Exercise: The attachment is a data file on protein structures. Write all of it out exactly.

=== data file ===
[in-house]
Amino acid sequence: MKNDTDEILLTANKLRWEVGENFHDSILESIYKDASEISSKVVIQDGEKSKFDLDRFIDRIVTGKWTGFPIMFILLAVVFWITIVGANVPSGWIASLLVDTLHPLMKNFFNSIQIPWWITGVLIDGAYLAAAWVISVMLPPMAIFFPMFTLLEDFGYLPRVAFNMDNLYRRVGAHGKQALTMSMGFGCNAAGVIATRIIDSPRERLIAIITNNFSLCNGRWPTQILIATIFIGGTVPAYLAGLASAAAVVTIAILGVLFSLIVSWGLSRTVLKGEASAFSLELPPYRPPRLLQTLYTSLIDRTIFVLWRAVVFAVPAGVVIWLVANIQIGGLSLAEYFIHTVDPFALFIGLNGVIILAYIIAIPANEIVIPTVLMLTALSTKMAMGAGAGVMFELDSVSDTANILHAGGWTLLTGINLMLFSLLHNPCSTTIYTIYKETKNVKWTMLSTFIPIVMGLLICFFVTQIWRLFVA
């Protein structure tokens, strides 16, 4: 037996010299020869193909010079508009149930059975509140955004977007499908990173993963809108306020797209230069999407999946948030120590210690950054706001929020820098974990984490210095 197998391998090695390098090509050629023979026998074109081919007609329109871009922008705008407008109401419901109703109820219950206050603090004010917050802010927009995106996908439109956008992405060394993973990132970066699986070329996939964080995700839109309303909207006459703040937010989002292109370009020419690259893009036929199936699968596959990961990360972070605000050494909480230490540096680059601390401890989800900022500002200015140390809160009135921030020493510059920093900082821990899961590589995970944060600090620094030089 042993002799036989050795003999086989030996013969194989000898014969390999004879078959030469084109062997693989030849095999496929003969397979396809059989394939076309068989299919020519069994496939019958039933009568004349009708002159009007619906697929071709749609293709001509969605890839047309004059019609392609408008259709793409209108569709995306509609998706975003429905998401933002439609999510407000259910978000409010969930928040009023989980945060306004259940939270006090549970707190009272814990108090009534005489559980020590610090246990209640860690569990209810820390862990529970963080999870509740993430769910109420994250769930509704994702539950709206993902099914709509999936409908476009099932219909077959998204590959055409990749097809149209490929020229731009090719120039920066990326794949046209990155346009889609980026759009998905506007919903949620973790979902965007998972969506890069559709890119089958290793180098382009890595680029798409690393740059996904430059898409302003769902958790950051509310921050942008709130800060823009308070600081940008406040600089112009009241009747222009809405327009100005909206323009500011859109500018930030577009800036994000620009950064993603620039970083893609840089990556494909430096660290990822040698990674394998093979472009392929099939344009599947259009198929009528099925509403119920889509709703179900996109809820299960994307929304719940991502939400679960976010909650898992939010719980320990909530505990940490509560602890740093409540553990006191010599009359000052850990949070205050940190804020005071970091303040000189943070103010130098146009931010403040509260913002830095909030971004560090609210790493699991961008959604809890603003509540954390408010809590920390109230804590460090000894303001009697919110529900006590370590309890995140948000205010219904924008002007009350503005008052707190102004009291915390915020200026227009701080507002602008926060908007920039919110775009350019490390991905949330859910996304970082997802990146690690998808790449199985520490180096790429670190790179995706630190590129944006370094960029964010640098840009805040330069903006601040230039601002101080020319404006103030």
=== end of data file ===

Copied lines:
[in-house]
Amino acid sequence: MKNDTDEILLTANKLRWEVGENFHDSILESIYKDASEISSKVVIQDGEKSKFDLDRFIDRIVTGKWTGFPIMFILLAVVFWITIVGANVPSGWIASLLVDTLHPLMKNFFNSIQIPWWITGVLIDGAYLAAAWVISVMLPPMAIFFPMFTLLEDFGYLPRVAFNMDNLYRRVGAHGKQALTMSMGFGCNAAGVIATRIIDSPRERLIAIITNNFSLCNGRWPTQILIATIFIGGTVPAYLAGLASAAAVVTIAILGVLFSLIVSWGLSRTVLKGEASAFSLELPPYRPPRLLQTLYTSLIDRTIFVLWRAVVFAVPAGVVIWLVANIQIGGLSLAEYFIHTVDPFALFIGLNGVIILAYIIAIPANEIVIPTVLMLTALSTKMAMGAGAGVMFELDSVSDTANILHAGGWTLLTGINLMLFSLLHNPCSTTIYTIYKETKNVKWTMLSTFIPIVMGLLICFFVTQIWRLFVA
């Protein structure tokens, strides 16, 4: 037996010299020869193909010079508009149930059975509140955004977007499908990173993963809108306020797209230069999407999946948030120590210690950054706001929020820098974990984490210095 197998391998090695390098090509050629023979026998074109081919007609329109871009922008705008407008109401419901109703109820219950206050603090004010917050802010927009995106996908439109956008992405060394993973990132970066699986070329996939964080995700839109309303909207006459703040937010989002292109370009020419690259893009036929199936699968596959990961990360972070605000050494909480230490540096680059601390401890989800900022500002200015140390809160009135921030020493510059920093900082821990899961590589995970944060600090620094030089 042993002799036989050795003999086989030996013969194989000898014969390999004879078959030469084109062997693989030849095999496929003969397979396809059989394939076309068989299919020519069994496939019958039933009568004349009708002159009007619906697929071709749609293709001509969605890839047309004059019609392609408008259709793409209108569709995306509609998706975003429905998401933002439609999510407000259910978000409010969930928040009023989980945060306004259940939270006090549970707190009272814990108090009534005489559980020590610090246990209640860690569990209810820390862990529970963080999870509740993430769910109420994250769930509704994702539950709206993902099914709509999936409908476009099932219909077959998204590959055409990749097809149209490929020229731009090719120039920066990326794949046209990155346009889609980026759009998905506007919903949620973790979902965007998972969506890069559709890119089958290793180098382009890595680029798409690393740059996904430059898409302003769902958790950051509310921050942008709130800060823009308070600081940008406040600089112009009241009747222009809405327009100005909206323009500011859109500018930030577009800036994000620009950064993603620039970083893609840089990556494909430096660290990822040698990674394998093979472009392929099939344009599947259009198929009528099925509403119920889509709703179900996109809820299960994307929304719940991502939400679960976010909650898992939010719980320990909530505990940490509560602890740093409540553990006191010599009359000052850990949070205050940190804020005071970091303040000189943070103010130098146009931010403040509260913002830095909030971004560090609210790493699991961008959604809890603003509540954390408010809590920390109230804590460090000894303001009697919110529900006590370590309890995140948000205010219904924008002007009350503005008052707190102004009291915390915020200026227009701080507002602008926060908007920039919110775009350019490390991905949330859910996304970082997802990146690690998808790449199985520490180096790429670190790179995706630190590129944006370094960029964010640098840009805040330069903006601040230039601002101080020319404006103030």